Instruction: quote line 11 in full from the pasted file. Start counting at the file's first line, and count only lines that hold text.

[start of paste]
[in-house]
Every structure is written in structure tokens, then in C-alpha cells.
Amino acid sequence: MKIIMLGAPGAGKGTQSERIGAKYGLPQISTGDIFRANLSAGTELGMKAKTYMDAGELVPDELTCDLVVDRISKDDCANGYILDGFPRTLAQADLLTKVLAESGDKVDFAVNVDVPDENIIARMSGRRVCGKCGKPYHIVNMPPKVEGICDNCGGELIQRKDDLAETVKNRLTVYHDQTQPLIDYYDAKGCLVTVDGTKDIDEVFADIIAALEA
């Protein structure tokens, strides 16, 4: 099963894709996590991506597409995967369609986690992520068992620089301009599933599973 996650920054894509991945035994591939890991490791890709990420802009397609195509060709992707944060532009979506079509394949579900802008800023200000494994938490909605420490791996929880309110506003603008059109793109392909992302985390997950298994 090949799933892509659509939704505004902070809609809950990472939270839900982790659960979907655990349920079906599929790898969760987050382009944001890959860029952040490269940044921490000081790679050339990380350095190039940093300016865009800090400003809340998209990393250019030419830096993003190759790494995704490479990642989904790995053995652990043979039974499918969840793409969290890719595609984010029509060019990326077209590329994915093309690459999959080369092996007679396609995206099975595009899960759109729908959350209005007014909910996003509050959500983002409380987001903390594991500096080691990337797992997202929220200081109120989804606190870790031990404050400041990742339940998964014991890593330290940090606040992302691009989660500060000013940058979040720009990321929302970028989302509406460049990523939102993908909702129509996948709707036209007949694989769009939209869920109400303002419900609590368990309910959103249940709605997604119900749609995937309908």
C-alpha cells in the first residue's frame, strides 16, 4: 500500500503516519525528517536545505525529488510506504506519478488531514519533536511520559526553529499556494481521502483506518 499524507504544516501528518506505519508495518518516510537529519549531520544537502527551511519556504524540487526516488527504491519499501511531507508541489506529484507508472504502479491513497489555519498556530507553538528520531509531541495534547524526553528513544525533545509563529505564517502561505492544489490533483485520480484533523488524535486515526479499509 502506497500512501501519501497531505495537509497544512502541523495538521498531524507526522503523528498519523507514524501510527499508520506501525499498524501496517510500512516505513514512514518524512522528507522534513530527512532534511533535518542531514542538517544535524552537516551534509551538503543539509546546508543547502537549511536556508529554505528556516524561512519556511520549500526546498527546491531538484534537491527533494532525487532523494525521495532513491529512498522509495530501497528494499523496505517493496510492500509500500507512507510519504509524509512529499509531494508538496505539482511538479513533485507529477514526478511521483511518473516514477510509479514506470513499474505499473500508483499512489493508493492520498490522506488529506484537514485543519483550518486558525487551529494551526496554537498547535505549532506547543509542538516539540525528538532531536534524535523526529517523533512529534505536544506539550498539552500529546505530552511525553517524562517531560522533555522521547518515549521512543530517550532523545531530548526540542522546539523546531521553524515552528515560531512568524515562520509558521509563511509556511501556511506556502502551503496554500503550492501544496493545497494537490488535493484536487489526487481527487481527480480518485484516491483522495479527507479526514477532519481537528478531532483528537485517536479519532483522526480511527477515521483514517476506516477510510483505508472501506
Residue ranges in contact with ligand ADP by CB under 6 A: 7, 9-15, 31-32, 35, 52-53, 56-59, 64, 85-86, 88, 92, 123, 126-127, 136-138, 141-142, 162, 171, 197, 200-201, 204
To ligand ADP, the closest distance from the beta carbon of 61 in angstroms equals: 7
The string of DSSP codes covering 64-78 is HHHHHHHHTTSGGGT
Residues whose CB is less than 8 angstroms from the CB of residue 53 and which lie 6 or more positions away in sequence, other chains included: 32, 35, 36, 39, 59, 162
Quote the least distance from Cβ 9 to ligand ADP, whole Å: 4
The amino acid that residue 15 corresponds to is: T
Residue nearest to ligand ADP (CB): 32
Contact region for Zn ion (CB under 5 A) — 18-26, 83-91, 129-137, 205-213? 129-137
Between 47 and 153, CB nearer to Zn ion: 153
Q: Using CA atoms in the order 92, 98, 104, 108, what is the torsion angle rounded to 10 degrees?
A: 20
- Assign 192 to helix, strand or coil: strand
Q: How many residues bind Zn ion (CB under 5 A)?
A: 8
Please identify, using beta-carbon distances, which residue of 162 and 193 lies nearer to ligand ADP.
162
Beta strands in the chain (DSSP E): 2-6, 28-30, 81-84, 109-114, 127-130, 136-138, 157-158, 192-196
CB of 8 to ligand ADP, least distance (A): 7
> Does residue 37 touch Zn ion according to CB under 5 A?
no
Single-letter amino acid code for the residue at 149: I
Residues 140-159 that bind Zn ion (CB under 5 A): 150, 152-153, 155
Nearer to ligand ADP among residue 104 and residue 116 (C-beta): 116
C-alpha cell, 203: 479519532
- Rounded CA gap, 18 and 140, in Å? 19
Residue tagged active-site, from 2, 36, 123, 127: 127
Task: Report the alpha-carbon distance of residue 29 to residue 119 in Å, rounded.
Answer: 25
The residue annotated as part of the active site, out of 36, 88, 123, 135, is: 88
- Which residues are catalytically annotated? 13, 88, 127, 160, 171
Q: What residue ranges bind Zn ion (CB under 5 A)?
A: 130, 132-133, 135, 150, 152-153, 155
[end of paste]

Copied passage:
The amino acid that residue 15 corresponds to is: T